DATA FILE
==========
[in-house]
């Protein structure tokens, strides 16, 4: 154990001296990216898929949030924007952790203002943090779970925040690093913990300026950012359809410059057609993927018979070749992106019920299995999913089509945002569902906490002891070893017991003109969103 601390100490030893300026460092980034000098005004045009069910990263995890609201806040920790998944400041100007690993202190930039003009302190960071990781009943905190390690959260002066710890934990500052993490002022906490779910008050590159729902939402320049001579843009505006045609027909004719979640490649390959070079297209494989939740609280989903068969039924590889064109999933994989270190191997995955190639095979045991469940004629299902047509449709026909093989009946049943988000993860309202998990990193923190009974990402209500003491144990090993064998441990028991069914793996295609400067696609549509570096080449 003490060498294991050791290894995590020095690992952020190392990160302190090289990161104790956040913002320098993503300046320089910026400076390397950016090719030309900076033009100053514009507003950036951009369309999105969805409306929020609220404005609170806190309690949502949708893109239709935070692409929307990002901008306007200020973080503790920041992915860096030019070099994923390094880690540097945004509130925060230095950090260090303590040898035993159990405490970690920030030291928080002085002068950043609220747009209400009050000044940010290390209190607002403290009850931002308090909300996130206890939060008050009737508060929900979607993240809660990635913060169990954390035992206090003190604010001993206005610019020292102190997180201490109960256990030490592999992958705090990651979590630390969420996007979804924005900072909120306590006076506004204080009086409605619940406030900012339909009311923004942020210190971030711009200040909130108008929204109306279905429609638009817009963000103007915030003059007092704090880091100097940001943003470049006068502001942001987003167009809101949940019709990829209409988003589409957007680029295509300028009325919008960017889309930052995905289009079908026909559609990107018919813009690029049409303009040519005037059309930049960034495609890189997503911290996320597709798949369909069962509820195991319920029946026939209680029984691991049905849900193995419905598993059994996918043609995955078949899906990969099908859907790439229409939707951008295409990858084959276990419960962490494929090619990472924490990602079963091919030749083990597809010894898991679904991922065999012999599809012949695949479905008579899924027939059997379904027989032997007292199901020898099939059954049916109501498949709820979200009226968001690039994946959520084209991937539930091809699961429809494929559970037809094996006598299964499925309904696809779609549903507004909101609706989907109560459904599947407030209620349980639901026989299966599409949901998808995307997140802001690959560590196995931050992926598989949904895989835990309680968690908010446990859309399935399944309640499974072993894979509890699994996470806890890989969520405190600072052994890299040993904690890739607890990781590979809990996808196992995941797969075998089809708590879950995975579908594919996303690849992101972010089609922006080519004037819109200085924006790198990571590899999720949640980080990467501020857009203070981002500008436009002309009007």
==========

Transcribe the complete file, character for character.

[in-house]
């Protein structure tokens, strides 16, 4: 154990001296990216898929949030924007952790203002943090779970925040690093913990300026950012359809410059057609993927018979070749992106019920299995999913089509945002569902906490002891070893017991003109969103 601390100490030893300026460092980034000098005004045009069910990263995890609201806040920790998944400041100007690993202190930039003009302190960071990781009943905190390690959260002066710890934990500052993490002022906490779910008050590159729902939402320049001579843009505006045609027909004719979640490649390959070079297209494989939740609280989903068969039924590889064109999933994989270190191997995955190639095979045991469940004629299902047509449709026909093989009946049943988000993860309202998990990193923190009974990402209500003491144990090993064998441990028991069914793996295609400067696609549509570096080449 003490060498294991050791290894995590020095690992952020190392990160302190090289990161104790956040913002320098993503300046320089910026400076390397950016090719030309900076033009100053514009507003950036951009369309999105969805409306929020609220404005609170806190309690949502949708893109239709935070692409929307990002901008306007200020973080503790920041992915860096030019070099994923390094880690540097945004509130925060230095950090260090303590040898035993159990405490970690920030030291928080002085002068950043609220747009209400009050000044940010290390209190607002403290009850931002308090909300996130206890939060008050009737508060929900979607993240809660990635913060169990954390035992206090003190604010001993206005610019020292102190997180201490109960256990030490592999992958705090990651979590630390969420996007979804924005900072909120306590006076506004204080009086409605619940406030900012339909009311923004942020210190971030711009200040909130108008929204109306279905429609638009817009963000103007915030003059007092704090880091100097940001943003470049006068502001942001987003167009809101949940019709990829209409988003589409957007680029295509300028009325919008960017889309930052995905289009079908026909559609990107018919813009690029049409303009040519005037059309930049960034495609890189997503911290996320597709798949369909069962509820195991319920029946026939209680029984691991049905849900193995419905598993059994996918043609995955078949899906990969099908859907790439229409939707951008295409990858084959276990419960962490494929090619990472924490990602079963091919030749083990597809010894898991679904991922065999012999599809012949695949479905008579899924027939059997379904027989032997007292199901020898099939059954049916109501498949709820979200009226968001690039994946959520084209991937539930091809699961429809494929559970037809094996006598299964499925309904696809779609549903507004909101609706989907109560459904599947407030209620349980639901026989299966599409949901998808995307997140802001690959560590196995931050992926598989949904895989835990309680968690908010446990859309399935399944309640499974072993894979509890699994996470806890890989969520405190600072052994890299040993904690890739607890990781590979809990996808196992995941797969075998089809708590879950995975579908594919996303690849992101972010089609922006080519004037819109200085924006790198990571590899999720949640980080990467501020857009203070981002500008436009002309009007």